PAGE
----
For some expectant mums though, there may be a medical reason which restricts them from having a vaginal birth, and baby has to be delivered via caesarean section.
The conversations I have with new mums in my postnatal classes who’ve delivered both ways: eg a) one baby naturally, and b) their second baby via c-section, always comment that their rate of recovery post c-section is harder and slower following a c-section.
Women who give birth naturally recover quicker postnatally. The scenario is even more noticeable if they made a commitment to exercise and maintained their fitness levels during pregnancy too.
I can’t categorically sit here and tell you how you can lessen your chances of having a c-section, because when the time comes, well, you just never know what will happen, and you may have to have a non-vaginal birth.
Below are my top tips for keeping active, with a focus on how to lessen your chances of delivering via c-section:
- Exercise your cardiovascular system – Put simply, if you stay active and regularly train your cardiovascular system through aerobic-type activity, the better chance you have of sustaining the physical demands of labour, for longer. You wouldn’t go out and run a marathon having done NO training beforehand, and the same rule applies for childbirth.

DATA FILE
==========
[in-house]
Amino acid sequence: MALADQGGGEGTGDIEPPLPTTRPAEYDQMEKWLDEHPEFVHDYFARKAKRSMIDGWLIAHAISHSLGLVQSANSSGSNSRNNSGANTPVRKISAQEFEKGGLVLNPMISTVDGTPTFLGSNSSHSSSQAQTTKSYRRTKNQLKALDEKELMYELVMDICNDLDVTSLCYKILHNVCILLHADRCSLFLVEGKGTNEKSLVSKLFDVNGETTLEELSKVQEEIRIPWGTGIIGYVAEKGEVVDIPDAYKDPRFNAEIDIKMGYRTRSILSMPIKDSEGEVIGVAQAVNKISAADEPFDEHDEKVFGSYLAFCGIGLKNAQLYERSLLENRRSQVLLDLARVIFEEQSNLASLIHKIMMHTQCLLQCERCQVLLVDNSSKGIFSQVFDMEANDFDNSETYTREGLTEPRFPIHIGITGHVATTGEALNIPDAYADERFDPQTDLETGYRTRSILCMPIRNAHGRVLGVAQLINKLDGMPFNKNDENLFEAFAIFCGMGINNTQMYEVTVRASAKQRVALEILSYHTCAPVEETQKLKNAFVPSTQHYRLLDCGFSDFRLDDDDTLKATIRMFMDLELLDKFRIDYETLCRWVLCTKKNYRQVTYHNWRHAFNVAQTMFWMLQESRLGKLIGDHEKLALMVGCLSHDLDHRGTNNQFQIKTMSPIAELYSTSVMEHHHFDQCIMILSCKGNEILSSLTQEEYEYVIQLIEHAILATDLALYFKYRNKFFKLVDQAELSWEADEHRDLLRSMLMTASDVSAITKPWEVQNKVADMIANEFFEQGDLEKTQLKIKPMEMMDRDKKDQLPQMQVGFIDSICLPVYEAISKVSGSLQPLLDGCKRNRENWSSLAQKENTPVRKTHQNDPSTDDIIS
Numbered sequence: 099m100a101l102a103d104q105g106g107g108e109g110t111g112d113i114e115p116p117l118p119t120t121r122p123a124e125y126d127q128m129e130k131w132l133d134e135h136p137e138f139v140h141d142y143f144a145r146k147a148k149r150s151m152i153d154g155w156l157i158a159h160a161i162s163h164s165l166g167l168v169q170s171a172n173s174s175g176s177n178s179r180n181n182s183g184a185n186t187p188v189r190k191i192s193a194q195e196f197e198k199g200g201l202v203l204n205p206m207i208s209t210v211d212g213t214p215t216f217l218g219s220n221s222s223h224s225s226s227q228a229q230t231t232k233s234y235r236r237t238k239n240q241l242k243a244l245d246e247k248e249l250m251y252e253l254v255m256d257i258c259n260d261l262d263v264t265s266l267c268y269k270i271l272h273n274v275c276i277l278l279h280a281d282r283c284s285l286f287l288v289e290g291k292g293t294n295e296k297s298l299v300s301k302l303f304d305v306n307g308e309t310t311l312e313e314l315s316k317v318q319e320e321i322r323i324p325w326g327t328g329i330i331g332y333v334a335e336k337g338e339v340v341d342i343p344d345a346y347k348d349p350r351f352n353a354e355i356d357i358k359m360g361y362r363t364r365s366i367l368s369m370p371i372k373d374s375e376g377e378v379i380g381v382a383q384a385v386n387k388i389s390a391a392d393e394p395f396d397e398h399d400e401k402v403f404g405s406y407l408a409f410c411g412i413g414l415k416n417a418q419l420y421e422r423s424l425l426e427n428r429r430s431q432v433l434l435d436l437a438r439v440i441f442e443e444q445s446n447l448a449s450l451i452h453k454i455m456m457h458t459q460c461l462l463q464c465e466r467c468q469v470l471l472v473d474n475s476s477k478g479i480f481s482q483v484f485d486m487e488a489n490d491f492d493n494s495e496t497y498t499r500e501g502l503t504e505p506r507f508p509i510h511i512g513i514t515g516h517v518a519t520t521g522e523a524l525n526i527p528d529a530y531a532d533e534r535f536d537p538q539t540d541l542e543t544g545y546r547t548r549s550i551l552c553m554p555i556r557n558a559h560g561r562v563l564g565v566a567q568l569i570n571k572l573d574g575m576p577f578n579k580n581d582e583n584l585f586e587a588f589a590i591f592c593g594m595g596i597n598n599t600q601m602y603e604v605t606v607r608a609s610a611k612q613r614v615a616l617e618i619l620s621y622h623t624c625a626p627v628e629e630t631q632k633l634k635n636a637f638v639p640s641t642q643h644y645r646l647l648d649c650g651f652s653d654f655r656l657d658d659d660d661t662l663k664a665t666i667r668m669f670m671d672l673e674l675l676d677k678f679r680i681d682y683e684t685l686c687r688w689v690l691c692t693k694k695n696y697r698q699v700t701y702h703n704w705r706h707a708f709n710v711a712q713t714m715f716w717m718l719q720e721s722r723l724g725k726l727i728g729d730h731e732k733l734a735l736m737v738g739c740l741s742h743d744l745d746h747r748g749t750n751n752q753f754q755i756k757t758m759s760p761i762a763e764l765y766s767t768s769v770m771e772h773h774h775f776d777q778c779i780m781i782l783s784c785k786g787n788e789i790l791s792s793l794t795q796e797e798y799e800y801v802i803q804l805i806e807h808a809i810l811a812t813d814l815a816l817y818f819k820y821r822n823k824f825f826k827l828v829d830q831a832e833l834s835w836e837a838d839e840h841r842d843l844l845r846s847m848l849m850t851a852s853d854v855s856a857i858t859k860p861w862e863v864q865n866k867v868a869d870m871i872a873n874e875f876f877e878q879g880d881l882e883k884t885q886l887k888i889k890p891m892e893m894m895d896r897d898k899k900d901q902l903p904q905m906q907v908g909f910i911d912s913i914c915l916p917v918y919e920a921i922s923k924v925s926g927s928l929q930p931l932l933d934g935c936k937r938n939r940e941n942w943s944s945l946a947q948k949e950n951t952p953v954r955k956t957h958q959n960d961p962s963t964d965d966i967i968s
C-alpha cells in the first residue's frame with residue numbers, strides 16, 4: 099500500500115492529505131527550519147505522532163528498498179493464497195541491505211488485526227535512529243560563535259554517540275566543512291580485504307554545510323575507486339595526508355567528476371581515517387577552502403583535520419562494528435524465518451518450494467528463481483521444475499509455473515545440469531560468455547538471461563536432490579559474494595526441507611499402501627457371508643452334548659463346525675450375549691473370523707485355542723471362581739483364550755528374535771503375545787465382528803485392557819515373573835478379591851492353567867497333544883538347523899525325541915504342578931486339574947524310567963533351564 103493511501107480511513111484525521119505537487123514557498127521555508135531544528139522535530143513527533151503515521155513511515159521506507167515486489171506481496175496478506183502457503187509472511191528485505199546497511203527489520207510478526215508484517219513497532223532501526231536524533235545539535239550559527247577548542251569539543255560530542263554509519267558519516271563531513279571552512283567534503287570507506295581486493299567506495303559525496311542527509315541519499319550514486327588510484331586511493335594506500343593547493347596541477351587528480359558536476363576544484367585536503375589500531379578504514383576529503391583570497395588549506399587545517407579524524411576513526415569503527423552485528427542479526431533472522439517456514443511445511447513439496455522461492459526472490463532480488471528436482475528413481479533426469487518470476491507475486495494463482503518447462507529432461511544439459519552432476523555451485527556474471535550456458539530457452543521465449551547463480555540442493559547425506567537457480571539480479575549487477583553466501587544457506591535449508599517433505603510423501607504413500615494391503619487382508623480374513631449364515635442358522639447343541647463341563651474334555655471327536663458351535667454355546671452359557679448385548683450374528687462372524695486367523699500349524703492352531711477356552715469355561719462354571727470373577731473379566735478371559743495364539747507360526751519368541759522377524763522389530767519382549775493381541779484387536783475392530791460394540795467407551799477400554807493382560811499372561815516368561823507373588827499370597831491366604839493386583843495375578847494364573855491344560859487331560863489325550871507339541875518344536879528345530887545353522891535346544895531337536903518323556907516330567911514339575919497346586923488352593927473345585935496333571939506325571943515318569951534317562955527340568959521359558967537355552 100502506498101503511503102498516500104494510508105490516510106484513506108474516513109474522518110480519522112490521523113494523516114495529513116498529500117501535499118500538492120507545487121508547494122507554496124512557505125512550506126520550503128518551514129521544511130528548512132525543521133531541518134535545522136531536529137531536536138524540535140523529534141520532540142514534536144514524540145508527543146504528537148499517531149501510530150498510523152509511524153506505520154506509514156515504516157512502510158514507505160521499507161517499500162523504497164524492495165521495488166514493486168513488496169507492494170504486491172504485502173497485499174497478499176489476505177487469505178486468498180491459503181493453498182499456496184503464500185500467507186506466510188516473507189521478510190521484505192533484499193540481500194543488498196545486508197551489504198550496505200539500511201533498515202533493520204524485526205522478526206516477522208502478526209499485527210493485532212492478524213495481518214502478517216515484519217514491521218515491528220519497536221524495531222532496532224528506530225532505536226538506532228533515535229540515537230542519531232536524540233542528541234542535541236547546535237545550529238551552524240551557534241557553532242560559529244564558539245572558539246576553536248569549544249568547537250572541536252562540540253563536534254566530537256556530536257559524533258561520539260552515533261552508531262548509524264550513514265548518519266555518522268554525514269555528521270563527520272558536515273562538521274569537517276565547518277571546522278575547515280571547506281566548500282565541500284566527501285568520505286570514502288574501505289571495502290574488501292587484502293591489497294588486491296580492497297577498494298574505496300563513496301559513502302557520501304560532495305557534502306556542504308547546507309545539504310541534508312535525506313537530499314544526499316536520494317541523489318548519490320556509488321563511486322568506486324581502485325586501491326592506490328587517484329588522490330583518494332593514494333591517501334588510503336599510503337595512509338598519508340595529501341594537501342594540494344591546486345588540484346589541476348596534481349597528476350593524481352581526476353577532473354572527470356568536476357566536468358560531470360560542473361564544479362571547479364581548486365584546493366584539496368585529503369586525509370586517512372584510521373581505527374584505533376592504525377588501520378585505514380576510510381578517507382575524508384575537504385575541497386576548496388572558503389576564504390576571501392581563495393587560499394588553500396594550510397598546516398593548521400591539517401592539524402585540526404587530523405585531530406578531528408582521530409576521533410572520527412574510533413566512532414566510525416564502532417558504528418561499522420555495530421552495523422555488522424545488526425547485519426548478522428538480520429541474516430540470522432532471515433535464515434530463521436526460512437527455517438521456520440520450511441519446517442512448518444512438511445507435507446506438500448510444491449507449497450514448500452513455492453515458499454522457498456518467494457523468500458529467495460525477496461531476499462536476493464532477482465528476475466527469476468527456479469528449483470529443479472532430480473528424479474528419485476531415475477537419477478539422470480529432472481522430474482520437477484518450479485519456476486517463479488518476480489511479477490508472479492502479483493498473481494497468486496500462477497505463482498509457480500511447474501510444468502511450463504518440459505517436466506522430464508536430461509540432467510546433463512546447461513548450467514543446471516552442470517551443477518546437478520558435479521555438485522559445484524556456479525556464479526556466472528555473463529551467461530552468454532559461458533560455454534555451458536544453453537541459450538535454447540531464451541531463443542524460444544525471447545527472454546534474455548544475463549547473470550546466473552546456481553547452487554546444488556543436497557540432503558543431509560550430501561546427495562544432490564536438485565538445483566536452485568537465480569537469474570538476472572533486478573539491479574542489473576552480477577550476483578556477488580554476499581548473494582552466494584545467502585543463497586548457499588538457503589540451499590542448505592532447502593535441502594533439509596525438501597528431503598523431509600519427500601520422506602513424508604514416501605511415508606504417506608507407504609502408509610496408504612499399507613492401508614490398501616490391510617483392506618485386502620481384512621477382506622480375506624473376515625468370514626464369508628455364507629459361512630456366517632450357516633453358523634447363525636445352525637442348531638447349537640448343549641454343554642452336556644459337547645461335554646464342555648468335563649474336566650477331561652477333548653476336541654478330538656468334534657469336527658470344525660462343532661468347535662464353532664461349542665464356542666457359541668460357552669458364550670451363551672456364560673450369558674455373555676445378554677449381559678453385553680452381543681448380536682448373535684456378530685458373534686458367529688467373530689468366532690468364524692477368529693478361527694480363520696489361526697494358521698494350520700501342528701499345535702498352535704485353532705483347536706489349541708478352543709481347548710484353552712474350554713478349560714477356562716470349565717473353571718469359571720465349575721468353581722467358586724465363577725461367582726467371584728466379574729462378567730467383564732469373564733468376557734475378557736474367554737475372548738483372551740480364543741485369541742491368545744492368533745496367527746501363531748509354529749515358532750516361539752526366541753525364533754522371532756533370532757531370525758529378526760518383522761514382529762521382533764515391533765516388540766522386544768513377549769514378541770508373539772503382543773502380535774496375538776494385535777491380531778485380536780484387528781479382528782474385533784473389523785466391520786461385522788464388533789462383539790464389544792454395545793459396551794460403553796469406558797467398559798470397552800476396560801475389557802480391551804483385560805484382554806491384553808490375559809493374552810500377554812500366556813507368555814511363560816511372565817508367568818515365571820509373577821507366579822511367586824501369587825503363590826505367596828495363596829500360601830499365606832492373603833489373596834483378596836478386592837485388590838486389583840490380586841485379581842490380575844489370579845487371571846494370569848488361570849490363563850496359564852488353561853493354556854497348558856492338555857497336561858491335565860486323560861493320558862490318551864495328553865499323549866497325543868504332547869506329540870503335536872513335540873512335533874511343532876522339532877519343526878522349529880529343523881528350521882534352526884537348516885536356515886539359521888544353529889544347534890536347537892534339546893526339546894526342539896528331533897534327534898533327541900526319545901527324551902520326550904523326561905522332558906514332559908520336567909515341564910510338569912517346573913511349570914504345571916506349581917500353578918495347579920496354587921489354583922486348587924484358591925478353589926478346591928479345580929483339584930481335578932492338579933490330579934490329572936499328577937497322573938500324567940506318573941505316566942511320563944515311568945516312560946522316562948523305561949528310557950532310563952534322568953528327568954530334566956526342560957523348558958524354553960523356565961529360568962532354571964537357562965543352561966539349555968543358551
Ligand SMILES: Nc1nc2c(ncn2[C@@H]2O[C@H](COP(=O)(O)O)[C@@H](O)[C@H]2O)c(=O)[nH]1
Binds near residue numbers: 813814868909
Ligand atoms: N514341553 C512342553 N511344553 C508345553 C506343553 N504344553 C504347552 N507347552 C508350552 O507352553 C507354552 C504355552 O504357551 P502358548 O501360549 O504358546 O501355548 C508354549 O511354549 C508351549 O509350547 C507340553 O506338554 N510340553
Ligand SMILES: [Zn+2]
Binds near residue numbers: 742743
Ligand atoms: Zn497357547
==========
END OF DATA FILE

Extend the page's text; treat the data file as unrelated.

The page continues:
- Keep your abs strong – Doing Pilates/core-based exercise to the deep, internal abdominal muscles will also help you during labour too. It’s your abdominals that help “push” baby out, and the more strength you have in these, the easier labour will be during that pushing stage. Couple this with aerobic fitness above, and your chances of needing a c-section or medical intervention are lower.
- Maintain a healthy lifestyle – It’s obvious, isn’t it? If you eat healthy food, keep active and avoid excessive weight gain during pregnancy which weakens your abdominals and leads to you being de-conditioned, then you will, categorically find labour hard going.
- Do your pelvic floor exercises – Contrary to belief, your pelvic floor has a major role in childbirth. Along with your abdominals, your pelvic floor muscles help guide baby out through the birth canal. And, with 30% of postnatal women suffering with some form of stress incontinence after birth, I don’t need to remind you of the important of working these muscles as often as you lift something,/move/change position.
- Strengthen your arms and legs – If you’re used to doing weight training t your arms at the gym, continue to do so is the advice. You’d actually be very surprised at the effort required in both your arms and your legs during labour. And, once baby’s entered the world and wants your constant attention, you’ll be forever lifting and carrying him/her which also requires arm and leg strength too!
To do what’s right for you and your unborn baby, click here to find out more about my Bump to Babe Pregnancy Fitness Classes. The more active you are during pregnancy, the quicker you’ll feel your old self again postnatally.